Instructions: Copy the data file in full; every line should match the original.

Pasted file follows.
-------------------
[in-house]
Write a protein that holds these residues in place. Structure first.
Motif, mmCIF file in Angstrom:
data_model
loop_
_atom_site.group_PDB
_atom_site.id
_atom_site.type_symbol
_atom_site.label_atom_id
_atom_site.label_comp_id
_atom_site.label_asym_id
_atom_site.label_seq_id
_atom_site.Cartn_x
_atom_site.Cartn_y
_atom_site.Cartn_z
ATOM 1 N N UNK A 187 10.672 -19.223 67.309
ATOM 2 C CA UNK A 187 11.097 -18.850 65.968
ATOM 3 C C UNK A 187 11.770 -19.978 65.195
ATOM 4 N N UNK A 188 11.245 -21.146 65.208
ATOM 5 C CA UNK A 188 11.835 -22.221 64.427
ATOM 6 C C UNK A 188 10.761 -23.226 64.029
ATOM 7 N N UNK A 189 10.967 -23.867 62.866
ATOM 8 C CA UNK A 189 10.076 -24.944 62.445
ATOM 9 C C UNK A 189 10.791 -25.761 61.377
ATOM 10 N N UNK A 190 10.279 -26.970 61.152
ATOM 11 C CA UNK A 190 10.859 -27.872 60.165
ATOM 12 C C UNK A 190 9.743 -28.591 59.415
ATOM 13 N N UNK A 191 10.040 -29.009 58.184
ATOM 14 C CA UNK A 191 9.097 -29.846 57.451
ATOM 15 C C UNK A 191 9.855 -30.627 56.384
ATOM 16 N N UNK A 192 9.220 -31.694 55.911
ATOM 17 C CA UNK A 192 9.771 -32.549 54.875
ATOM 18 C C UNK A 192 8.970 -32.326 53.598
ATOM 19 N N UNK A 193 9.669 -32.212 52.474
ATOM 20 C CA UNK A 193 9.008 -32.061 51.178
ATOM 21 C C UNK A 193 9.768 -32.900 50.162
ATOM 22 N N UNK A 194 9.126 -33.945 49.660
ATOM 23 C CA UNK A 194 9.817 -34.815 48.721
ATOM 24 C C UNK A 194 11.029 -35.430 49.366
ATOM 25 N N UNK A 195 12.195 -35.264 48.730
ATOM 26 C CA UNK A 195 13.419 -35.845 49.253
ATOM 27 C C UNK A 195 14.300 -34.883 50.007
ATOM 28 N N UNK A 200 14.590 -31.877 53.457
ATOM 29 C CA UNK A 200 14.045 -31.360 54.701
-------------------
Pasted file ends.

[in-house]
Write a protein that holds these residues in place. Structure first.
Motif, mmCIF file in Angstrom:
data_model
loop_
_atom_site.group_PDB
_atom_site.id
_atom_site.type_symbol
_atom_site.label_atom_id
_atom_site.label_comp_id
_atom_site.label_asym_id
_atom_site.label_seq_id
_atom_site.Cartn_x
_atom_site.Cartn_y
_atom_site.Cartn_z
ATOM 1 N N UNK A 187 10.672 -19.223 67.309
ATOM 2 C CA UNK A 187 11.097 -18.850 65.968
ATOM 3 C C UNK A 187 11.770 -19.978 65.195
ATOM 4 N N UNK A 188 11.245 -21.146 65.208
ATOM 5 C CA UNK A 188 11.835 -22.221 64.427
ATOM 6 C C UNK A 188 10.761 -23.226 64.029
ATOM 7 N N UNK A 189 10.967 -23.867 62.866
ATOM 8 C CA UNK A 189 10.076 -24.944 62.445
ATOM 9 C C UNK A 189 10.791 -25.761 61.377
ATOM 10 N N UNK A 190 10.279 -26.970 61.152
ATOM 11 C CA UNK A 190 10.859 -27.872 60.165
ATOM 12 C C UNK A 190 9.743 -28.591 59.415
ATOM 13 N N UNK A 191 10.040 -29.009 58.184
ATOM 14 C CA UNK A 191 9.097 -29.846 57.451
ATOM 15 C C UNK A 191 9.855 -30.627 56.384
ATOM 16 N N UNK A 192 9.220 -31.694 55.911
ATOM 17 C CA UNK A 192 9.771 -32.549 54.875
ATOM 18 C C UNK A 192 8.970 -32.326 53.598
ATOM 19 N N UNK A 193 9.669 -32.212 52.474
ATOM 20 C CA UNK A 193 9.008 -32.061 51.178
ATOM 21 C C UNK A 193 9.768 -32.900 50.162
ATOM 22 N N UNK A 194 9.126 -33.945 49.660
ATOM 23 C CA UNK A 194 9.817 -34.815 48.721
ATOM 24 C C UNK A 194 11.029 -35.430 49.366
ATOM 25 N N UNK A 195 12.195 -35.264 48.730
ATOM 26 C CA UNK A 195 13.419 -35.845 49.253
ATOM 27 C C UNK A 195 14.300 -34.883 50.007
ATOM 28 N N UNK A 200 14.590 -31.877 53.457
ATOM 29 C CA UNK A 200 14.045 -31.360 54.701